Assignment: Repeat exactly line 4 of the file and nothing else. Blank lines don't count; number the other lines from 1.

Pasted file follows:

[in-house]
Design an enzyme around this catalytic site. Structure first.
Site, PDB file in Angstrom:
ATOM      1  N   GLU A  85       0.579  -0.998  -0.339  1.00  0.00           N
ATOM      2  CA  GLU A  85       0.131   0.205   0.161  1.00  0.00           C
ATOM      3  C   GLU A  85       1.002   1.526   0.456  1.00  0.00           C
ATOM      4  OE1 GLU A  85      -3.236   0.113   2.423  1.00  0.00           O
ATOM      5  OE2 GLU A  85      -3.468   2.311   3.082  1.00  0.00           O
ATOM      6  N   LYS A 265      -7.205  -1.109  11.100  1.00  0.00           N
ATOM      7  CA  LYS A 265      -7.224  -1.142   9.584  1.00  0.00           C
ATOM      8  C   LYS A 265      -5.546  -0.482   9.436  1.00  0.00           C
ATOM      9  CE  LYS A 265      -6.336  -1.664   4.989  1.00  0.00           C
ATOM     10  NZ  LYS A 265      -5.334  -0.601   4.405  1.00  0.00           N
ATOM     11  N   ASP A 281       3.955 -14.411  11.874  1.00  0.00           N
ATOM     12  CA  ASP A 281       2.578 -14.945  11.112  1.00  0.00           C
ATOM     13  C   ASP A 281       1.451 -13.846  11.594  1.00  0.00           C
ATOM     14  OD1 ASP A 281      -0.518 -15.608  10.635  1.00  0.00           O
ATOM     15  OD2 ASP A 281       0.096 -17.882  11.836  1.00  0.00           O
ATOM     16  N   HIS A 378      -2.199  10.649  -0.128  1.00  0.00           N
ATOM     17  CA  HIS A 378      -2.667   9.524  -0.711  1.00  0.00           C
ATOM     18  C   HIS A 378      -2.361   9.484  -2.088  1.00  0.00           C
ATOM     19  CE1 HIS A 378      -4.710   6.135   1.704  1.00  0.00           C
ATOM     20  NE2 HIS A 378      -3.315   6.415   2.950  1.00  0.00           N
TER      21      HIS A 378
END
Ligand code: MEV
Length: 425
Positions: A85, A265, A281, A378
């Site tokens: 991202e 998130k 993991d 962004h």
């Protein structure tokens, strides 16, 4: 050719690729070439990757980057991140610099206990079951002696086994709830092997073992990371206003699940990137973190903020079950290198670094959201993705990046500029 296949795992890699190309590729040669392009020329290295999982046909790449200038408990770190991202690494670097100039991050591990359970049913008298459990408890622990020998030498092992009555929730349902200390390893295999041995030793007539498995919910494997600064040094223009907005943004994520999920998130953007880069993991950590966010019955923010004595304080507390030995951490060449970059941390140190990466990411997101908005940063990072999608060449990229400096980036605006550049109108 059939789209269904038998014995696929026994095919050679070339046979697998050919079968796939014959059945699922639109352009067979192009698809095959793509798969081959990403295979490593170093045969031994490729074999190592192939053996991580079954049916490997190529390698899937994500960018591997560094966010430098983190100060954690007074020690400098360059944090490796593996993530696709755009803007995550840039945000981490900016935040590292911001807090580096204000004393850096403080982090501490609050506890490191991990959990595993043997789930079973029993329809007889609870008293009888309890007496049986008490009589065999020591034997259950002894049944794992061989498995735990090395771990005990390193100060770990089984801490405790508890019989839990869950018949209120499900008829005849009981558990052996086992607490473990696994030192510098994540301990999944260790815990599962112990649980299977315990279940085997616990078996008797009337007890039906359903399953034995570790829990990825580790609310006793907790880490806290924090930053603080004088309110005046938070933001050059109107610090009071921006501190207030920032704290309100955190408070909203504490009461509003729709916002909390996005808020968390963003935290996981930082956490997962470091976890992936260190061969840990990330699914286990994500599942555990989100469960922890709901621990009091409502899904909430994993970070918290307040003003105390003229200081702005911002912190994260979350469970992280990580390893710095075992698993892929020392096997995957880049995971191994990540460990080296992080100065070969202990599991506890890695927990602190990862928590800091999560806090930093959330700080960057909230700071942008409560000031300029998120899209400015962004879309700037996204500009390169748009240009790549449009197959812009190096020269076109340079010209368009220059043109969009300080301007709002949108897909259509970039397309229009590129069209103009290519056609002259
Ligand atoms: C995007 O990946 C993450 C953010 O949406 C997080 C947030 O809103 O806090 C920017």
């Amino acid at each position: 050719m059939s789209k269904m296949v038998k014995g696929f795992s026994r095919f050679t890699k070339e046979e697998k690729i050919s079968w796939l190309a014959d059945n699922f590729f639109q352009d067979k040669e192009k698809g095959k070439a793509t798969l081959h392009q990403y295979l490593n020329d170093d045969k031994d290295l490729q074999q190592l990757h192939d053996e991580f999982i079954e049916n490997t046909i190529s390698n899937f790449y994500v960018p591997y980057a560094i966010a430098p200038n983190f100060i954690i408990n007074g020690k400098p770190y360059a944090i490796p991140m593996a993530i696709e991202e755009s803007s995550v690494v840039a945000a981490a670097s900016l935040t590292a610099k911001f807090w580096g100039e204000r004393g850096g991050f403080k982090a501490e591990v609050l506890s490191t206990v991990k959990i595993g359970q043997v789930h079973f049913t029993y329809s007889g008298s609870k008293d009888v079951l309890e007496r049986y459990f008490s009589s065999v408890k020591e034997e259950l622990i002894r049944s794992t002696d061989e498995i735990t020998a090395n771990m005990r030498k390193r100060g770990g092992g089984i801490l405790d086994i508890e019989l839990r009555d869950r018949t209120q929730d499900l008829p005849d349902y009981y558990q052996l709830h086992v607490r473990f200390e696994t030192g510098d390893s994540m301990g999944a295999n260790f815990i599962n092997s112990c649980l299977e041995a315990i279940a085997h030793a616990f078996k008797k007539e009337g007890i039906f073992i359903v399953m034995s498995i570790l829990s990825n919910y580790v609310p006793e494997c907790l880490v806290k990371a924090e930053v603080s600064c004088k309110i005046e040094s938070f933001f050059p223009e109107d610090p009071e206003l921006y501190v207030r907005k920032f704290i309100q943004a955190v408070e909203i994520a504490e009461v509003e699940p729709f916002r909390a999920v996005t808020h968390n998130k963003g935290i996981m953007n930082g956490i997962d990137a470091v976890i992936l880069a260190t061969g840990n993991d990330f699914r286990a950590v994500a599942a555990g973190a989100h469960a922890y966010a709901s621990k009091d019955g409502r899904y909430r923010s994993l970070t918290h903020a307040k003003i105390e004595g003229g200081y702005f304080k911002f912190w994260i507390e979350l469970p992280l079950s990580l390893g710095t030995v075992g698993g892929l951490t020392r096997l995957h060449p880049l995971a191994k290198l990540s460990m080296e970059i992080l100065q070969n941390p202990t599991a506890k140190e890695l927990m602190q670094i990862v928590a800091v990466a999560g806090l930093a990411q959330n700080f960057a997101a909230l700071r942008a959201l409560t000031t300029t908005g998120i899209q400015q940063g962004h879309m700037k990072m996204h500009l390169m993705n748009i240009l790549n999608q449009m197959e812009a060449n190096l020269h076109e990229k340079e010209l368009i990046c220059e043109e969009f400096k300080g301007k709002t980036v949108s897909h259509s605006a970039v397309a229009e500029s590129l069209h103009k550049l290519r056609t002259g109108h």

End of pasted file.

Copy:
ATOM      1  N   GLU A  85       0.579  -0.998  -0.339  1.00  0.00           N